SEOUL: Korean companies are raising record amounts of yen this quarter, taking advantage of the lowest yields in nine years as Japanese investors seek higher returns.
Led by Korea Development Bank, sales of so-called Samurai bonds denominated in yen rose to 130 billion yen (US$1.6 billion) in the second quarter from 30 billion yen in the previous three months, according to data compiled by Bloomberg. With two weeks left before the end of the current period, offerings have already surpassed the previous record of 120 billion yen in the last quarter of 2007, the data show.
Yields on Japanese corporate securities were at an average 0.703% yesterday, about the lowest since September, and were less than a quarter of the 3.42% paid by companies worldwide, Bank of America Merrill Lynch bond indexes showed. Investors' pursuit of a haven from Europe's debt crisis pushed Japan's government bond yields this month to the lowest since June 2003, dragging down interest rates on company notes.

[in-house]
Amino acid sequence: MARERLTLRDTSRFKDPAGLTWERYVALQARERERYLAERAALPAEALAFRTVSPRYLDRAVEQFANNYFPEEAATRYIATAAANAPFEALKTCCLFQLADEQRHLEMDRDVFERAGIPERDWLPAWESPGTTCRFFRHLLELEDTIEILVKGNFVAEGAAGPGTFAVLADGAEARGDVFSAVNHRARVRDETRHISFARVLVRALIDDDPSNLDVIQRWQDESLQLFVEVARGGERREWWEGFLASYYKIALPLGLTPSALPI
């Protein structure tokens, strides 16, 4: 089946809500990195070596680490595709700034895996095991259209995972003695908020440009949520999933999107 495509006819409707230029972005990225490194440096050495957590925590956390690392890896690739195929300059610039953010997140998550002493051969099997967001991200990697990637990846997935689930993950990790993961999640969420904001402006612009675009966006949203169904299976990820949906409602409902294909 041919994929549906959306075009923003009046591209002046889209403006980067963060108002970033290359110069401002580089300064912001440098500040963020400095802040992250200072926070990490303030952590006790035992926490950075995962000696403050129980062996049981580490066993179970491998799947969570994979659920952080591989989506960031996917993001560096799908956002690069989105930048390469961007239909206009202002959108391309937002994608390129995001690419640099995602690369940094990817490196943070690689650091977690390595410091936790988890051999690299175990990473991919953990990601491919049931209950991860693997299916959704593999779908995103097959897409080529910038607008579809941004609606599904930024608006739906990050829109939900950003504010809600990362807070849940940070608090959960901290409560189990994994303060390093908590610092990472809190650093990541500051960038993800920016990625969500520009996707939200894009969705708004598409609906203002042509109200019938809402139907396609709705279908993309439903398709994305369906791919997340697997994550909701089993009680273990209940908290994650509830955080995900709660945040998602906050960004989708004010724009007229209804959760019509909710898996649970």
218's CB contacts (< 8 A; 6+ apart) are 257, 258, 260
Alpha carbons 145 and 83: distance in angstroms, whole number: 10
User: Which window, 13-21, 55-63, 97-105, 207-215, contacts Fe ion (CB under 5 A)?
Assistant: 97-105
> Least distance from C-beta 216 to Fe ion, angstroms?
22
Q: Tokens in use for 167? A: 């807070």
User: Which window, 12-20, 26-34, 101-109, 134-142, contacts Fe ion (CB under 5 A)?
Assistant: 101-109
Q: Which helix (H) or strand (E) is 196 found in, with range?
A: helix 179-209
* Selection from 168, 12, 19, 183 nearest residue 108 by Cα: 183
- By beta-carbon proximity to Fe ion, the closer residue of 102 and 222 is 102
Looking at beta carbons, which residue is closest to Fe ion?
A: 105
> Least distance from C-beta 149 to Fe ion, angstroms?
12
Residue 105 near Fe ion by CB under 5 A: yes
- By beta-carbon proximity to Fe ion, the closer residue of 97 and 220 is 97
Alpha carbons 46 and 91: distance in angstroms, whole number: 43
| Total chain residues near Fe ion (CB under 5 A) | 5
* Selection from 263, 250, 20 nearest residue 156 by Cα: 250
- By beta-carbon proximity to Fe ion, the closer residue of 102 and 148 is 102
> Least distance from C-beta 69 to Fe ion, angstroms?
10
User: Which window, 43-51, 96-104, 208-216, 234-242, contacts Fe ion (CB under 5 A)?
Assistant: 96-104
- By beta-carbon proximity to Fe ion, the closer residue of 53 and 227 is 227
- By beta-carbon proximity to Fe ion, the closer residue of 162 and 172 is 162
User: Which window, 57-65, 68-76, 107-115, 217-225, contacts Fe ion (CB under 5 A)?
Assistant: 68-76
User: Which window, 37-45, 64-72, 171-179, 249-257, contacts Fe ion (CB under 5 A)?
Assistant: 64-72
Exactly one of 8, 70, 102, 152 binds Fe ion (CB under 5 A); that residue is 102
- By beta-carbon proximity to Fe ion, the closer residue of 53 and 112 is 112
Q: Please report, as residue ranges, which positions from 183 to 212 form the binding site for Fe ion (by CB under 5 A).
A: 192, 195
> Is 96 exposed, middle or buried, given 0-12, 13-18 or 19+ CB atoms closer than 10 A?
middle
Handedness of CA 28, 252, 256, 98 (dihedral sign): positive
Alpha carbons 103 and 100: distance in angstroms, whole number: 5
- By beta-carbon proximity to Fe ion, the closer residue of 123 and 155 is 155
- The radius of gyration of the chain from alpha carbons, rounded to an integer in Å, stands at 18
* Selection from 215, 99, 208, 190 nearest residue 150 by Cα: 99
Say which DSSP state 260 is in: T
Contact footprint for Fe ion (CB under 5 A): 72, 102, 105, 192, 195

"Investor worries over Europe's woes are forcing them to buy yen-bonds of Korean" issuers, Takayuki Atake, chief credit analyst at SMBC Nikko Securities Inc., said in a telephone interview yesterday. "Demand for Samurais is strong because of the low spreads offered by Japanese companies."
The state-owned lender known as KDB raised 30 billion yen in yen-denominated notes yesterday, according to data compiled by Bloomberg. The offering comprised 21.2 billion yen of 1.05% two-year notes at a 65 basis point yield premium to the yen swap rate, 5.1 billion yen of 1.17% three-year bonds at a 77 basis point spread and 3.7 billion yen of 1.31% five-year debt with an 85 basis point gap, the data show.
Japan's five-year rates were at 0.23% in Tokyo today, after dropping to 0.195% on June 1, the lowest since at least 2004, according to data compiled by Bloomberg.
The nation's benchmark 10-year yield slid to 0.79% on June 4, the least since 2003 when it fell to a record 0.43%. The rate fell half a basis point to 0.855% today, the lowest globally after Switzerland's yield.
The cost of borrowing for Japanese companies fell 13 basis points, or 0.13 percentage point, this year to 0.703% yesterday, while that of companies worldwide plunged 56 basis points to 3.42%, according to Bank of America Merrill Lynch indexes. The average yield on Japan's government securities declined 9 basis points to 0.615% in the period, according to the data. (Bloomberg/aph)
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